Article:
A class of lipoproteins of small size (18-25 nm) and light (1.019-1.063 g/ml) particles with a core composed mainly of CHOLESTEROL ESTERS and smaller amounts of TRIGLYCERIDES. The surface monolayer consists mostly of PHOSPHOLIPIDS, a single copy of APOLIPOPROTEIN B-100, and free cholesterol molecules. The main LDL function is to transport cholesterol and cholesterol esters to extrahepatic tissues.
class of lipoproteins responsible for transport of cholesterol to extrahepatic tissues; they are formed in the circulation when very-low-density lipoproteins are degraded first to intermediate-density lipoproteins and then to LDL by the gain and loss of specific apolipoproteins and the loss of most of their triglycerides; LDL are taken up and catabolized by both the liver and extrahepatic tissues by specific receptor-mediated endocytosis.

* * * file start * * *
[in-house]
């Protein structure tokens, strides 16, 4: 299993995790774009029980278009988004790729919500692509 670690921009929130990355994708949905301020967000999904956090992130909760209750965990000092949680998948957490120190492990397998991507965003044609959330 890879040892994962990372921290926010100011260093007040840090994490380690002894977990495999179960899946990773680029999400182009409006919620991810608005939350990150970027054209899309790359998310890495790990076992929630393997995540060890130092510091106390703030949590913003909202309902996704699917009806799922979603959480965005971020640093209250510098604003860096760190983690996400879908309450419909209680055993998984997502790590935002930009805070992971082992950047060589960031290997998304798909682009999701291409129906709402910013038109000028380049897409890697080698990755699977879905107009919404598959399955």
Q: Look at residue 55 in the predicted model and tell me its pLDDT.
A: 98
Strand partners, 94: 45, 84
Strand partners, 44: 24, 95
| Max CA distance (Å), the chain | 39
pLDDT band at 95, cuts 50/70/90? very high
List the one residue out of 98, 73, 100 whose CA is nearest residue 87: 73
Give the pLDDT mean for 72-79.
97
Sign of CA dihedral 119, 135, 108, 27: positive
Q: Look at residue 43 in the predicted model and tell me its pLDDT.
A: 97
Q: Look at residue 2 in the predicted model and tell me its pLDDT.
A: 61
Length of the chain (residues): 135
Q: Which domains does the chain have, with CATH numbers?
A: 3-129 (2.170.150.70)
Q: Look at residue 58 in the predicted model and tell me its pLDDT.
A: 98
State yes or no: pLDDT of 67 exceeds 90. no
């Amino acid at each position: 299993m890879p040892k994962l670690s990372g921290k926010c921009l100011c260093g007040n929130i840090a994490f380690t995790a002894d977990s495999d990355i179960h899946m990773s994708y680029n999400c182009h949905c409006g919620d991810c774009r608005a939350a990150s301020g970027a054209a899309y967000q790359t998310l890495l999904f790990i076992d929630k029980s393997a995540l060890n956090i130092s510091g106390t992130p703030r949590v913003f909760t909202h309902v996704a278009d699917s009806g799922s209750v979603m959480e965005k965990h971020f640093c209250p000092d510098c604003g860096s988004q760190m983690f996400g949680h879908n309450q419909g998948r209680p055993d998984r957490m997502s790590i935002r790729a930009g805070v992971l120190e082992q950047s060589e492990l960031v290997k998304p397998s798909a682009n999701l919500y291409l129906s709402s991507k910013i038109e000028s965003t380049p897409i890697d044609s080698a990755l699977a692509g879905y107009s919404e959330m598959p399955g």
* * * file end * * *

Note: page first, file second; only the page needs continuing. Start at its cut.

A lipoprotein that carries cholesterol around the body, for use by various cells. LDL transports cholesterol to the arteries and increased levels are associated with atherosclerosis, and thus myocardial infarctions and strokes. This is why cholesterol inside LDL lipoproteins is called bad cholesterol.